These figures represent a decline in wages for Pegatron workers from 2015 to 2016, because the factory management made up for a government-mandated minimum wage increase by cutting welfare payments and forcing workers to contribute monthly earnings to the social insurance benefit that was previously paid by the company. So, though wages were legally raised from $1.85 per hour in 2015 to $2.00 per hour in 2016, workers’ real hourly earnings after deductions were just $1.60 per hour.
Other legal and ethical violations documented by CLW include daily unpaid labor of more than one hour, cramped and unsanitary living conditions in factory dormitories, and the failure to provide necessary protective equipment, which puts the health and safety of workers at risk.
A 14-Year History of Ignoring Serious Labor Violations
Legal and ethical violations like these at Apple suppliers should ring familiar. You’ve read about them before, here and in other media outlets. What you might not realize is that they are happening a full decade after they were first brought to Apple’s attention.
On August 18, 2006, Britain’s The Mail on Sunday published a scathing report on conditions at Chinese factories where Apple’s iPod line was then in production. Investigative reporters found that workers were living 100-to-a-room at Foxconn’s Longhua facility in Shenzhen, then dubbed “iPod City,” and that they labored as much as 15 hours per day for very low wages. They found similar conditions at an Asustek facility in Suzhou, Jiangsu Province, which produced the iPod Shuffle. Laboring up to 12 hours per day, workers lost half their wages to the factory-imposed cost of accommodations and food.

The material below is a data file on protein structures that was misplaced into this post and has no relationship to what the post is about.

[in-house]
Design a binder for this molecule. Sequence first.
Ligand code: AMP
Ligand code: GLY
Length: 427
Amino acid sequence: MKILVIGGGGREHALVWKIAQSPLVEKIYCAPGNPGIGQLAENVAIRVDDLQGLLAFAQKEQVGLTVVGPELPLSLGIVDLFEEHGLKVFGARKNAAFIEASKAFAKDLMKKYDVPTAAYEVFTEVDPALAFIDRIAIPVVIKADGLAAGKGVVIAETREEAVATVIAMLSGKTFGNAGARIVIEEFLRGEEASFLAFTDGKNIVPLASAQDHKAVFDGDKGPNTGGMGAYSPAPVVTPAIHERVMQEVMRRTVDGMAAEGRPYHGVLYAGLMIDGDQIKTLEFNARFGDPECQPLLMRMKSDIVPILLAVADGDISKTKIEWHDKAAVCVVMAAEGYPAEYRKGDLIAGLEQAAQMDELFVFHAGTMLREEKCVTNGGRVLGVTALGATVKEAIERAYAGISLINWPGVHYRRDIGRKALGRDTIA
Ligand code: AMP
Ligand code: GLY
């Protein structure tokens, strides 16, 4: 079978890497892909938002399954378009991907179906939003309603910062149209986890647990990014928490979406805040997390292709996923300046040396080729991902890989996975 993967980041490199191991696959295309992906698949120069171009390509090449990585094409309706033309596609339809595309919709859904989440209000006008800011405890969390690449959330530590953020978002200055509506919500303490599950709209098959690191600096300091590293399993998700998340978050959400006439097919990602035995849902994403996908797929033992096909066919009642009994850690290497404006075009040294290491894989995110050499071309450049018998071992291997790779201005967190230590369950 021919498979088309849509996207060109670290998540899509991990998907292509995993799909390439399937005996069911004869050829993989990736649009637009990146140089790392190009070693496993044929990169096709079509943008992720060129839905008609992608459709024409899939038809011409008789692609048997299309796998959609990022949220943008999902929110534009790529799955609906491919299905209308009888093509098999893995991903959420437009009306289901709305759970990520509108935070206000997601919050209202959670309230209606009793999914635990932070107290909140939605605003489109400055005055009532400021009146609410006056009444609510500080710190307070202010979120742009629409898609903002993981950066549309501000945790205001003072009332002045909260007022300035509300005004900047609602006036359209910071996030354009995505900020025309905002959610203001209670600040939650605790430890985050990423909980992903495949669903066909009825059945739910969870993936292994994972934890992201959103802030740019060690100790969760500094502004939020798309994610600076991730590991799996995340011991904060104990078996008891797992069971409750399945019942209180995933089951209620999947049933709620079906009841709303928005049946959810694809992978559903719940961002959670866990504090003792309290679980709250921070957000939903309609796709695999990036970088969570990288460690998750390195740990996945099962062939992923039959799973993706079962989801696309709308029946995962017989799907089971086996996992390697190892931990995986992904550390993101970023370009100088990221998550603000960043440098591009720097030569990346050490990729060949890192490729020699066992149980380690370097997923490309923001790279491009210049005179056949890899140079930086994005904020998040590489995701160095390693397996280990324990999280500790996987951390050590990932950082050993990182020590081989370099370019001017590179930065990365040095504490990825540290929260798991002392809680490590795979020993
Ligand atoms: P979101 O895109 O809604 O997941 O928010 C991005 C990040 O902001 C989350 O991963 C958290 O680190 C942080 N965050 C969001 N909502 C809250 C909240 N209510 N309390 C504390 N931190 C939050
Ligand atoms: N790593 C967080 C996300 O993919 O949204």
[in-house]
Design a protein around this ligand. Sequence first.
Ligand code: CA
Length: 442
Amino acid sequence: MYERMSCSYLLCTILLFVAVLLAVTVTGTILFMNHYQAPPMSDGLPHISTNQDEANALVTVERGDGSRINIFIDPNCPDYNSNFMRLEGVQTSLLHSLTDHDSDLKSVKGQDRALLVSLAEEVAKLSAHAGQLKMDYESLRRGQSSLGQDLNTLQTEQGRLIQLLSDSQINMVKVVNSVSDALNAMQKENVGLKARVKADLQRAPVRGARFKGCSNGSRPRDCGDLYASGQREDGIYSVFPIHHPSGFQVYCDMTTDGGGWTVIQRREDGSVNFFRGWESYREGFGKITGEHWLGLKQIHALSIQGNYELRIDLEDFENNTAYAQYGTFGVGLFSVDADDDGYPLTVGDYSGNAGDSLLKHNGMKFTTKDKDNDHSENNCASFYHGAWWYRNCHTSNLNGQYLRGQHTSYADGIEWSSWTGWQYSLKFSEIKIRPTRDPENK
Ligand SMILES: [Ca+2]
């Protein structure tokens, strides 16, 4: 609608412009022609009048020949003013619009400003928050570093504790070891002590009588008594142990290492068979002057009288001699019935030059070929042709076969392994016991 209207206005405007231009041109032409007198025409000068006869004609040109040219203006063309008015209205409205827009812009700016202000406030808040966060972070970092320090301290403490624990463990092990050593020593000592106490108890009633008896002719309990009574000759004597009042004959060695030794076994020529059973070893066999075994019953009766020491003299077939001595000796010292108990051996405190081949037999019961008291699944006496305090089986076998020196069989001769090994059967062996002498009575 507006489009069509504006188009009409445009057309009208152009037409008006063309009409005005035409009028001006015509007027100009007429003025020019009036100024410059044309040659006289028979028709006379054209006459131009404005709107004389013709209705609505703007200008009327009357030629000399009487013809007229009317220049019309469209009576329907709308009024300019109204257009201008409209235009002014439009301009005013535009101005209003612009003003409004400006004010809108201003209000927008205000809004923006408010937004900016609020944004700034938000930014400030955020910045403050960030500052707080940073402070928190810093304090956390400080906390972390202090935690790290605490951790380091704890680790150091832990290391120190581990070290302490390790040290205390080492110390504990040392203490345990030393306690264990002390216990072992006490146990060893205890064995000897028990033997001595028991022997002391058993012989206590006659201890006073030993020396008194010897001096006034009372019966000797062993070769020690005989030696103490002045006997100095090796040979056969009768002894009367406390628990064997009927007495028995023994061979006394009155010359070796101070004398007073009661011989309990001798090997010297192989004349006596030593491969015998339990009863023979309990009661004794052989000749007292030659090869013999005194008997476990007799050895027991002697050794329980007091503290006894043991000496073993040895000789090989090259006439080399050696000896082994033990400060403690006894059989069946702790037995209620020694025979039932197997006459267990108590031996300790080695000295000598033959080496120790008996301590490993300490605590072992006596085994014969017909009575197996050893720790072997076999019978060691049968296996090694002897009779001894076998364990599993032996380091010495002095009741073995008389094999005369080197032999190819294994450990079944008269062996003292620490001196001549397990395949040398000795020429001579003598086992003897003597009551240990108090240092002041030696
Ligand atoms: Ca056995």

These legal and ethical violations in Apple’s supply chain actually date even further back. In a report published in September 2005, SOMO, a Dutch nonprofit group that researches the practices of global corporations, documented trouble at Apple laptop suppliers Quanta Shanghai and Elite Computer Systems, located in Shenzhen. SOMO’s investigation documented excessively long work hours, insufficient wages, failure to protect the health and safety of workers, intimidation and humiliation of workers by management and an absence of grievance channels through which workers could safely raise workplace issues.
Since then, my own analysis of available data on labor incidents shows that the same types of violations — and others, including injuries and medical problems, worker exhaustion and emotional distress, the use of dispatch labor, and interference with third-party audits — have recurred year after year at Apple suppliers across China. Using all known reports by nonprofits and scholars who have documented labor conditions in Chinese Apple suppliers, including CLW, Students and Scholars Against Corporate Misbehavior, the Institute of Public & Environmental Affairs, SOMO, Good Electronics and a few others, I found that these violations, which occurred at 36 unique supplier factories over a period of 14 years, continue through the present.